B.C.’s Court of Appeal in Vancouver. (Photo: Tom Zytaruk)

Class-action lawsuit alleges conspiracy leading to British Columbians being overcharged for vehicles

The B.C. Appeal court certifies as a class-action proceeding litigation aimed at alleged price-fixing conspiracy

A class-action lawsuit seeking compensation related to an alleged price-fixing conspiracy that resulted in British Columbian being overcharged for vehicles has been given the green light to proceed from the Court of Appeal.

Justice Mary Saunders, in a May 29 judgment in Vancouver related to Darren Ewert versus Nippon Yusen Kaushiki Kaisha et al, overturned the decision of a lower court judge who declined to certify the litigation as class action under the Class Proceedings Act after finding Ewert’s expert failed to determine if data needed to assess if an overcharge had been passed through to indirect purchasers was available.

“I would allow the appeal in part and certify the action as a class proceeding in respect of the direct and indirect purchasers of the vehicle carrier services provided by the defendants during the class period,” Saunders decided, with Justices Harvey Groberman and John Hunter concurring.

The appeal court found that the lower court judge erred by imposing a standard to identify data that exceeded statutory requirements. The litigation centres on the allegation of a price-fixing conspiracy of marine shippers who bring automobiles and other vehicles across the oceans to Canada. Ewert claims this resulted in higher costs to himself and others who bought vehicles in B.C.

“To succeed in the litigation,” Saunders noted, “he will have to establish that the conspiracy existed, that it resulted in excess shipping charges, and that those charges were passed on to him and to others in a like position. He seeks to certify the action as a class action.”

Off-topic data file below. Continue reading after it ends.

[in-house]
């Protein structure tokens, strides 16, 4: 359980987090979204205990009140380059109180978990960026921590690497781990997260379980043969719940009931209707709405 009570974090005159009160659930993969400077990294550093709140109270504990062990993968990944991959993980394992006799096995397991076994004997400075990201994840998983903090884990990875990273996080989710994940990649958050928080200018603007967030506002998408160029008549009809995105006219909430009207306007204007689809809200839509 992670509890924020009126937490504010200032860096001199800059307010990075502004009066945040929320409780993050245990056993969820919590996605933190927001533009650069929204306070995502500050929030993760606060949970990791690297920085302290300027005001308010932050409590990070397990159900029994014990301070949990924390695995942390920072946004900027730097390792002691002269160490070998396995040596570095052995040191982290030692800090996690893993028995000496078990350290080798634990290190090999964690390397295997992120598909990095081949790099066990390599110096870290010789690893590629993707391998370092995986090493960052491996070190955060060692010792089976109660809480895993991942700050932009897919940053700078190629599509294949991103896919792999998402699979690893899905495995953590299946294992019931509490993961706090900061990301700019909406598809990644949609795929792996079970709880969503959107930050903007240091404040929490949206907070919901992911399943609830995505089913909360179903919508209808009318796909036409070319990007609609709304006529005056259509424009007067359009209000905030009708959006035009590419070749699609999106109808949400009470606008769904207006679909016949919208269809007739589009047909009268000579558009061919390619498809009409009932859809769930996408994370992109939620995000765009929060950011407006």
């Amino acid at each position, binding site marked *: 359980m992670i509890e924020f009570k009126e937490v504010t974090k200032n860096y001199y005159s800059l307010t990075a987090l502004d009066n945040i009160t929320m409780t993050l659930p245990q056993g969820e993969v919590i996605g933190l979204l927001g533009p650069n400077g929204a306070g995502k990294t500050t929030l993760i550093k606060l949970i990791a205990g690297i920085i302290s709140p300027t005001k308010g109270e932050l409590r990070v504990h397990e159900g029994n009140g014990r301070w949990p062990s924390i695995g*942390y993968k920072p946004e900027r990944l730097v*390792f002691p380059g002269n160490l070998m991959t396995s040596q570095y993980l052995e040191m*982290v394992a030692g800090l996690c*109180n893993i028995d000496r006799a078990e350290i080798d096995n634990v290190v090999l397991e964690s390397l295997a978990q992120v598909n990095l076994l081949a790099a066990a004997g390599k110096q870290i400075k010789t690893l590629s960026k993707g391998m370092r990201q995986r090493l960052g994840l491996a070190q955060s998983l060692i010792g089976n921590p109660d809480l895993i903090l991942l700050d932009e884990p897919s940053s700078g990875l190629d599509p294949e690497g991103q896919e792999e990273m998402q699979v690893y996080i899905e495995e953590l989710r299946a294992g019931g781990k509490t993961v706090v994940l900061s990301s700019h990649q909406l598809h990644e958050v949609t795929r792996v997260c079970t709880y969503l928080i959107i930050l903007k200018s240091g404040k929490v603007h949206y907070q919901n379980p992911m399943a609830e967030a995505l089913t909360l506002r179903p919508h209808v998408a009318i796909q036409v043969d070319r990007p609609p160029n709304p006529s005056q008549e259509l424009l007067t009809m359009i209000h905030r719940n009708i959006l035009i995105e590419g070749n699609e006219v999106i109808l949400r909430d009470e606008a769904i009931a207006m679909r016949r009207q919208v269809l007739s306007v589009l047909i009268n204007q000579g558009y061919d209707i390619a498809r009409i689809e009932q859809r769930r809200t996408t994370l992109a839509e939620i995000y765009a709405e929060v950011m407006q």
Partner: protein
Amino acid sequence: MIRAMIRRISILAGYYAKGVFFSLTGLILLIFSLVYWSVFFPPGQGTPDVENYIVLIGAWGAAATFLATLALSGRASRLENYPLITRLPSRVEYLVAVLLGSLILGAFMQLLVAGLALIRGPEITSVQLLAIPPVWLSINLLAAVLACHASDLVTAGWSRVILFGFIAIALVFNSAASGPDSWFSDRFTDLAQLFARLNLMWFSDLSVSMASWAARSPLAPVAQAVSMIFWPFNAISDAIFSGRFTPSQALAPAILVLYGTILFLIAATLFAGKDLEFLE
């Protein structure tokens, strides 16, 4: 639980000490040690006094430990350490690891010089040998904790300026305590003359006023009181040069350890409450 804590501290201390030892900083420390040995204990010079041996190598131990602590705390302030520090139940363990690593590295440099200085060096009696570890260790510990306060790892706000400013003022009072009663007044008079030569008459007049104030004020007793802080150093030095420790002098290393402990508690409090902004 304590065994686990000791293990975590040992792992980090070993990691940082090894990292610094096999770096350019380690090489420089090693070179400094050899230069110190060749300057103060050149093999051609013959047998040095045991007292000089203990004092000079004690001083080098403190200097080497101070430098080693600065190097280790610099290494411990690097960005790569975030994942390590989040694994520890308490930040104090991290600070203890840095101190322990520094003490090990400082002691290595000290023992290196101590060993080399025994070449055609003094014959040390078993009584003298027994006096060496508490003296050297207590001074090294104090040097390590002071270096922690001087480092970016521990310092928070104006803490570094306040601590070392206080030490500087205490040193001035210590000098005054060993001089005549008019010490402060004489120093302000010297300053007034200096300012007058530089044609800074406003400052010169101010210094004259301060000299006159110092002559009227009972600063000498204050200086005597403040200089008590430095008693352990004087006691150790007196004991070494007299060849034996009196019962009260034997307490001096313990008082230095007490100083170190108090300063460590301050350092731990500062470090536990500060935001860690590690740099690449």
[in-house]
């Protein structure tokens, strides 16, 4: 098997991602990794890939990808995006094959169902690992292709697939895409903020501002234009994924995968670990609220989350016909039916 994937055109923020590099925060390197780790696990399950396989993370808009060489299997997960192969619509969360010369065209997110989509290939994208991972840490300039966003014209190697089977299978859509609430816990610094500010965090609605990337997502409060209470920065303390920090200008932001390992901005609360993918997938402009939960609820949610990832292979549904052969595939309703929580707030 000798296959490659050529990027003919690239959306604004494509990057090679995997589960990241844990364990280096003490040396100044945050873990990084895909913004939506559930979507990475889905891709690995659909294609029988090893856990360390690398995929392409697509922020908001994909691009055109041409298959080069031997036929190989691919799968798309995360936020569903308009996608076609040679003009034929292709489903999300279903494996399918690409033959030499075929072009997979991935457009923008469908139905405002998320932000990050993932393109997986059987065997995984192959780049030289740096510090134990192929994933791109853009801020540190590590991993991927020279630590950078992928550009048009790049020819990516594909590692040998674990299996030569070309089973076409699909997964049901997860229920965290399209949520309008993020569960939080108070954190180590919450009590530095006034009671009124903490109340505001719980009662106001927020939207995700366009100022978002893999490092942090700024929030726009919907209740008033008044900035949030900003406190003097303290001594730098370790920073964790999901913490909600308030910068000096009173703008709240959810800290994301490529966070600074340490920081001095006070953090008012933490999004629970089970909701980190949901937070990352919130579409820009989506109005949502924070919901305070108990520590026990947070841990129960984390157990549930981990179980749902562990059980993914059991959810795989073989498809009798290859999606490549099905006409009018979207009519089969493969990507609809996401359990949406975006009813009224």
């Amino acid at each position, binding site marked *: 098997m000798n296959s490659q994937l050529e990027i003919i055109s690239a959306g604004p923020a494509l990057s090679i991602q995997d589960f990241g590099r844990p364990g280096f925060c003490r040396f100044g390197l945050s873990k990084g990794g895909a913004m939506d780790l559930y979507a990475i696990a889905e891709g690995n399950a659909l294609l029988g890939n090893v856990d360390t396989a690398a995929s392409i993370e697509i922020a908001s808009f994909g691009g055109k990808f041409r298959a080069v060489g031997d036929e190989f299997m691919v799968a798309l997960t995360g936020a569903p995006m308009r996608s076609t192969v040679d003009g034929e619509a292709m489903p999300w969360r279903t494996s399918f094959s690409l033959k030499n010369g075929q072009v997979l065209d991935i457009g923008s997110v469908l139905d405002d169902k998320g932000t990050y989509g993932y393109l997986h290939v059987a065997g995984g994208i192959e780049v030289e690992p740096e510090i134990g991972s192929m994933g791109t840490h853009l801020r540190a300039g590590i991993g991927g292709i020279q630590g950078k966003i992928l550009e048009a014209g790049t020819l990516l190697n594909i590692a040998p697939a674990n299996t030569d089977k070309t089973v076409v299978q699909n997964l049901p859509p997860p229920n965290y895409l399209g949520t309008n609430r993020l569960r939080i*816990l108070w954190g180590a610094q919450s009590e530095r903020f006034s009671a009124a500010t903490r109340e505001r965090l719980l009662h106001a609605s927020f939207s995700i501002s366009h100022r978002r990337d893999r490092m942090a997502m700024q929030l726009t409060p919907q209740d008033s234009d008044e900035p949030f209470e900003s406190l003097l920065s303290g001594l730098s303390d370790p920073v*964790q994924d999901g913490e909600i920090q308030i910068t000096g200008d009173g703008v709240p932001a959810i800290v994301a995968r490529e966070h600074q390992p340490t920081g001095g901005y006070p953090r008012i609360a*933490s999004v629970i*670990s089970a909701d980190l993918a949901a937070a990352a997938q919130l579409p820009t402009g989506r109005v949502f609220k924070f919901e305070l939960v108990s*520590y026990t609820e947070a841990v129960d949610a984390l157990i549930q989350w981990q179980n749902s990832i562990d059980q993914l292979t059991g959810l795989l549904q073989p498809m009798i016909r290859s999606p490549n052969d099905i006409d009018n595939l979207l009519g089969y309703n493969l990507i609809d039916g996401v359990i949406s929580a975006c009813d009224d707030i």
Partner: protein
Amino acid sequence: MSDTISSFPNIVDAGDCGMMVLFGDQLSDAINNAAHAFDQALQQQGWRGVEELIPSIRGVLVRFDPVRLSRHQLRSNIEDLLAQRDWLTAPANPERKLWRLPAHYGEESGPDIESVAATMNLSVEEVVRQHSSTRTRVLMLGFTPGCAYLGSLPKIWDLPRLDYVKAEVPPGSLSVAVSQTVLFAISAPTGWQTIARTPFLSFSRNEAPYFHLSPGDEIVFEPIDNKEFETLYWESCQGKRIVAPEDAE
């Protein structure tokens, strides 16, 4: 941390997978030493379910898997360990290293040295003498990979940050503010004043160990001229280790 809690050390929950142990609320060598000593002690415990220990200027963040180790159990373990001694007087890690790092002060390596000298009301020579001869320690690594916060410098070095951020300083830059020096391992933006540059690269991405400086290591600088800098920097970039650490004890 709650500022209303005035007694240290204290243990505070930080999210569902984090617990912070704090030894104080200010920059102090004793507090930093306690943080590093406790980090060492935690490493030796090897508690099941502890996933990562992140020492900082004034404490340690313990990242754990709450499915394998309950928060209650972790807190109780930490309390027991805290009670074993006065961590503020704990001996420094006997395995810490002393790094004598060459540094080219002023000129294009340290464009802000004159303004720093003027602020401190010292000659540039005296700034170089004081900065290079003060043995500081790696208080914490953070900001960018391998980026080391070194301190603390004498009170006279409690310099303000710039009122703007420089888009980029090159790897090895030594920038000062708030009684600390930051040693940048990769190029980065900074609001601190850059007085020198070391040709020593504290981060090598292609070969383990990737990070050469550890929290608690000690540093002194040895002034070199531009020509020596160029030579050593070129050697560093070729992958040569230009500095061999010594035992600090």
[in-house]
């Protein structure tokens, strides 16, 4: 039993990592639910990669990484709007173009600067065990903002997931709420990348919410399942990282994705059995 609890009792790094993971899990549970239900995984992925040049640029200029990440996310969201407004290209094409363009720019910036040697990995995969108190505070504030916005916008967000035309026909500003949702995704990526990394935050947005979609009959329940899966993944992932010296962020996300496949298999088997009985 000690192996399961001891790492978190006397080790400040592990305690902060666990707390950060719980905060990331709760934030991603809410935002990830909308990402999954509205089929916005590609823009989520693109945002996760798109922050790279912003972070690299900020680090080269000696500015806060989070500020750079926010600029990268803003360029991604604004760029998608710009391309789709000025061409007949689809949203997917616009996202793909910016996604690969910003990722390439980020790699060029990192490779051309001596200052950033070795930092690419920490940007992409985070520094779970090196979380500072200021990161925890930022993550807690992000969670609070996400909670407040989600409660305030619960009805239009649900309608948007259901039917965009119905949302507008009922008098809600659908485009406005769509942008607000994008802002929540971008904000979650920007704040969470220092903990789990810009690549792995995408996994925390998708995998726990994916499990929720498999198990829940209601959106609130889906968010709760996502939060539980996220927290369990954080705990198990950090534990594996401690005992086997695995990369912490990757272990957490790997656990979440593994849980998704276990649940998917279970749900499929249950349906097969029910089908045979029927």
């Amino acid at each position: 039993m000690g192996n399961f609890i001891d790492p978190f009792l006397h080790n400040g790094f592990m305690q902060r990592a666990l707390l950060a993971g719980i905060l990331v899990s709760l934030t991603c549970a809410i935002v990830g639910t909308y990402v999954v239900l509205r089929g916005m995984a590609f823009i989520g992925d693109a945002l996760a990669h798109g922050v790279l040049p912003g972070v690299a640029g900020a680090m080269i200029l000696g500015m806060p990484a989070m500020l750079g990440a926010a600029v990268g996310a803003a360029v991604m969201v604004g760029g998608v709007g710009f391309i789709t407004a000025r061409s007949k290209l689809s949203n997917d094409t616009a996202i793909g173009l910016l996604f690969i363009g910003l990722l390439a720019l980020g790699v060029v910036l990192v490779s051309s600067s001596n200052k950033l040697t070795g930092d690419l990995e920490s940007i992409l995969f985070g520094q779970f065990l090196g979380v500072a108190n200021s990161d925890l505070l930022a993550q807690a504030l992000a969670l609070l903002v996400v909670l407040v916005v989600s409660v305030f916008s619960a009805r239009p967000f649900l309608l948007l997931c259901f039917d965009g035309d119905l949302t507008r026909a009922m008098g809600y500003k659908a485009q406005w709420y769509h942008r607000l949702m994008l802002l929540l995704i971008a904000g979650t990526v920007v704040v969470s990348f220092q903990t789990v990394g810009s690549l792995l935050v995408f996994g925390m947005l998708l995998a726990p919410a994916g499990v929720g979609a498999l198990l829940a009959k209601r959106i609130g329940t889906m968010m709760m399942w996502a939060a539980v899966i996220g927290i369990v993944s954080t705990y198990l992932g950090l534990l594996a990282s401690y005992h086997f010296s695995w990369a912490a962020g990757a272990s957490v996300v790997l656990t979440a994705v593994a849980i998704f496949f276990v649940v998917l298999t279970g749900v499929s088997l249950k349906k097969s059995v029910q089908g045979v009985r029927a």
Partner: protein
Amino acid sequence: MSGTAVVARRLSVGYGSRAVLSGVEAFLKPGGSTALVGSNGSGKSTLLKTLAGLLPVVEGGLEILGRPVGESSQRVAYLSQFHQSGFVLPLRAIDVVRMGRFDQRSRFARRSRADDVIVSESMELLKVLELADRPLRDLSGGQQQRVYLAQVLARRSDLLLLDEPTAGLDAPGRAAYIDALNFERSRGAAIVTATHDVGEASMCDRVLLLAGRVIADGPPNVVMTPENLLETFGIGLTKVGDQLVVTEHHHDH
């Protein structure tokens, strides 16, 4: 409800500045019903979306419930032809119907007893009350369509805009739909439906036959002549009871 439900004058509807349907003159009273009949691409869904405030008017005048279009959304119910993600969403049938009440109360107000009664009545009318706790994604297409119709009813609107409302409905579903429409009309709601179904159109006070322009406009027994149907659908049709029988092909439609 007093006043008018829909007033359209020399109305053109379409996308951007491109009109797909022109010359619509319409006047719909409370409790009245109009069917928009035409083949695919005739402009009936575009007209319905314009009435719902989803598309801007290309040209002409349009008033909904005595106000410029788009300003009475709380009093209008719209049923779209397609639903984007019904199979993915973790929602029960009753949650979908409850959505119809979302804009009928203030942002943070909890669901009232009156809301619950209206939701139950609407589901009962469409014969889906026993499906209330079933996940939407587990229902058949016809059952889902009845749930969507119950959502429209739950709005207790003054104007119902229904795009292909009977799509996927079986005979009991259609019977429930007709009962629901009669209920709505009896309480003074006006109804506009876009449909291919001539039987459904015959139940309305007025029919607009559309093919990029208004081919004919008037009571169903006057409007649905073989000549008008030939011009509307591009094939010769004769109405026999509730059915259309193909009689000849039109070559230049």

READ ALSO: Court of appeal advances class action lawsuit in ICBC privacy violations case

The defendants are vehicle carriers that transport cars, trucks and other equipment by ocean to Canada, including Vancouver, using specialized cargo ships known as roll on/roll off vessels. Ewert claims that between Feb. 1, 1997 and Dec. 31, 2012 they made illegal price-fixing agreements that artificially inflated the price of transporting the vehicles.

“The plaintiff’s theory is that as a consequence of these price-fixing agreements, the cost of transporting these vehicles was artificially and unreasonably enhanced, and that the extra cost was passed on to purchasers of the vehicles resulting in an overcharge for those vehicles,” Saunders explained. “He seeks to bring a class proceeding to recover for himself and other similarly situated persons the loss caused by the alleged conspiracy, or a proportionate share of the benefits realized by the defendants as a result of the alleged conspiracy.”

The plaintiff also claims punitive damages.

Saunders noted Ewert has led evidence that all of the defendants “have pled guilty, sought amnesty or reached compromise agreements” in the U.S. and Japan “in repect of anti-competition wrongs arising from agreements relating to international shipping services to North America.”

There is a long list of defendants. They are Nippon Yusen Kabushiki Kaisha, NYK Line Inc. (North America and Canada), Mitsui O.S.K. Lines Ltd., Mitsui O.S.K. Bulk Shipping (U.S.A.) Inc., Kawasaki Kisen Kaisha, Ltd., “K” Line America Inc., Eukor Car Carriers Inc., Wilh. Wilhelmsen Logistics Americas LLC, Wallenius Wilhelmsen Logistics AS, Wallenius Lines AB, WWL Vehicle Services Canada Ltd., Toyfuji Shipping Co. Ltd., Compania Sud Americana De Vapores S.A., CSAV Agency North America LLC, Nissan Motor Car Carrier Co. Ltd, World Logistics Service (USA) Inc., Hoegh Autoliners AS and Hoegh Autoliners Inc.

A dozen lawyers were heard in the appeal case.

The judge noted the “central issue” is whether Ewert has a “plausible methodology to prove that any excess charges were passed on to vehicle purchasers and not simply absorbed along the supply chain.”



tom.zytaruk@surreynowleader.com

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